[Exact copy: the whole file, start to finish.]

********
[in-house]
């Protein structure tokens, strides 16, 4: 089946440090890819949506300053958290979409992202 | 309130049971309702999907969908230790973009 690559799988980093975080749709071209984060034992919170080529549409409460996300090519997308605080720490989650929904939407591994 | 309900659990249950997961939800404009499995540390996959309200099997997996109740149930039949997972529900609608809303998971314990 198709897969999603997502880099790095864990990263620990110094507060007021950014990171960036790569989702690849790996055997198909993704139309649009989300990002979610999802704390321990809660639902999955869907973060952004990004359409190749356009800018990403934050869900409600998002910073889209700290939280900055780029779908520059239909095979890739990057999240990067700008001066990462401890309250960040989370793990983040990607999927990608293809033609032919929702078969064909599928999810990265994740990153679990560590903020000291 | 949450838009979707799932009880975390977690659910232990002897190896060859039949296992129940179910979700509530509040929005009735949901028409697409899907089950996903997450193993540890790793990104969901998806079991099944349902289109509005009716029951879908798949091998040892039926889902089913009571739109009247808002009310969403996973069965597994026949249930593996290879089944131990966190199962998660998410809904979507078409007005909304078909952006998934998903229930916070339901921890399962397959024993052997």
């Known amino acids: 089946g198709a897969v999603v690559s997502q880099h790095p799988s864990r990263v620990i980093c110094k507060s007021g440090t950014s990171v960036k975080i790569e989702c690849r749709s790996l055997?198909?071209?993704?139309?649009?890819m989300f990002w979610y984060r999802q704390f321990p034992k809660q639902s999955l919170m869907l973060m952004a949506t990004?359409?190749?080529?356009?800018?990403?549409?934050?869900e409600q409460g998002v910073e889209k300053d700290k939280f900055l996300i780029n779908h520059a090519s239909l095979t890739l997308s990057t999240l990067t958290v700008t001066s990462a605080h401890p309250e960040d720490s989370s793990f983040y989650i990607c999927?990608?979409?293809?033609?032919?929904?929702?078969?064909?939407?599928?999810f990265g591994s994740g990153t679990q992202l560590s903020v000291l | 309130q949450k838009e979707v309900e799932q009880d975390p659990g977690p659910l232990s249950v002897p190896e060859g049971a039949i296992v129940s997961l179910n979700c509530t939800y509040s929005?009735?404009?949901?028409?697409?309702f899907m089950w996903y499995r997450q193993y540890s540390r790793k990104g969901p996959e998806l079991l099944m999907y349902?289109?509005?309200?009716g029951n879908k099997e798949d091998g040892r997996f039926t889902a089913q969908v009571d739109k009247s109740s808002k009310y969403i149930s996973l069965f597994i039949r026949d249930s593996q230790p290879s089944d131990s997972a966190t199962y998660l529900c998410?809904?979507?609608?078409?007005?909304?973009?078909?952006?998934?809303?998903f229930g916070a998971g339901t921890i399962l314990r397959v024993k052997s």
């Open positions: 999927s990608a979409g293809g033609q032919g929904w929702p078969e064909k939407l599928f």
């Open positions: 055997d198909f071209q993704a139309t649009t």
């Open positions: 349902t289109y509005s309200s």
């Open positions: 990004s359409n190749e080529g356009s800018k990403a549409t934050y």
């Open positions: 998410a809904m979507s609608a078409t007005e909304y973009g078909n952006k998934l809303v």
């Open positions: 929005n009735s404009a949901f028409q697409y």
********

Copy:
[in-house]
């Protein structure tokens, strides 16, 4: 089946440090890819949506300053958290979409992202 | 309130049971309702999907969908230790973009 690559799988980093975080749709071209984060034992919170080529549409409460996300090519997308605080720490989650929904939407591994 | 309900659990249950997961939800404009499995540390996959309200099997997996109740149930039949997972529900609608809303998971314990 198709897969999603997502880099790095864990990263620990110094507060007021950014990171960036790569989702690849790996055997198909993704139309649009989300990002979610999802704390321990809660639902999955869907973060952004990004359409190749356009800018990403934050869900409600998002910073889209700290939280900055780029779908520059239909095979890739990057999240990067700008001066990462401890309250960040989370793990983040990607999927990608293809033609032919929702078969064909599928999810990265994740990153679990560590903020000291 | 949450838009979707799932009880975390977690659910232990002897190896060859039949296992129940179910979700509530509040929005009735949901028409697409899907089950996903997450193993540890790793990104969901998806079991099944349902289109509005009716029951879908798949091998040892039926889902089913009571739109009247808002009310969403996973069965597994026949249930593996290879089944131990966190199962998660998410809904979507078409007005909304078909952006998934998903229930916070339901921890399962397959024993052997």
């Known amino acids: 089946g198709a897969v999603v690559s997502q880099h790095p799988s864990r990263v620990i980093c110094k507060s007021g440090t950014s990171v960036k975080i790569e989702c690849r749709s790996l055997?198909?071209?993704?139309?649009?890819m989300f990002w979610y984060r999802q704390f321990p034992k809660q639902s999955l919170m869907l973060m952004a949506t990004?359409?190749?080529?356009?800018?990403?549409?934050?869900e409600q409460g998002v910073e889209k300053d700290k939280f900055l996300i780029n779908h520059a090519s239909l095979t890739l997308s990057t999240l990067t958290v700008t001066s990462a605080h401890p309250e960040d720490s989370s793990f983040y989650i990607c999927?990608?979409?293809?033609?032919?929904?929702?078969?064909?939407?599928?999810f990265g591994s994740g990153t679990q992202l560590s903020v000291l | 309130q949450k838009e979707v309900e799932q009880d975390p659990g977690p659910l232990s249950v002897p190896e060859g049971a039949i296992v129940s997961l179910n979700c509530t939800y509040s929005?009735?404009?949901?028409?697409?309702f899907m089950w996903y499995r997450q193993y540890s540390r790793k990104g969901p996959e998806l079991l099944m999907y349902?289109?509005?309200?009716g029951n879908k099997e798949d091998g040892r997996f039926t889902a089913q969908v009571d739109k009247s109740s808002k009310y969403i149930s996973l069965f597994i039949r026949d249930s593996q230790p290879s089944d131990s997972a966190t199962y998660l529900c998410?809904?979507?609608?078409?007005?909304?973009?078909?952006?998934?809303?998903f229930g916070a998971g339901t921890i399962l314990r397959v024993k052997s």
């Open positions: 999927s990608a979409g293809g033609q032919g929904w929702p078969e064909k939407l599928f």
């Open positions: 055997d198909f071209q993704a139309t649009t």
């Open positions: 349902t289109y509005s309200s």
């Open positions: 990004s359409n190749e080529g356009s800018k990403a549409t934050y």
């Open positions: 998410a809904m979507s609608a078409t007005e909304y973009g078909n952006k998934l809303v």
């Open positions: 929005n009735s404009a949901f028409q697409y």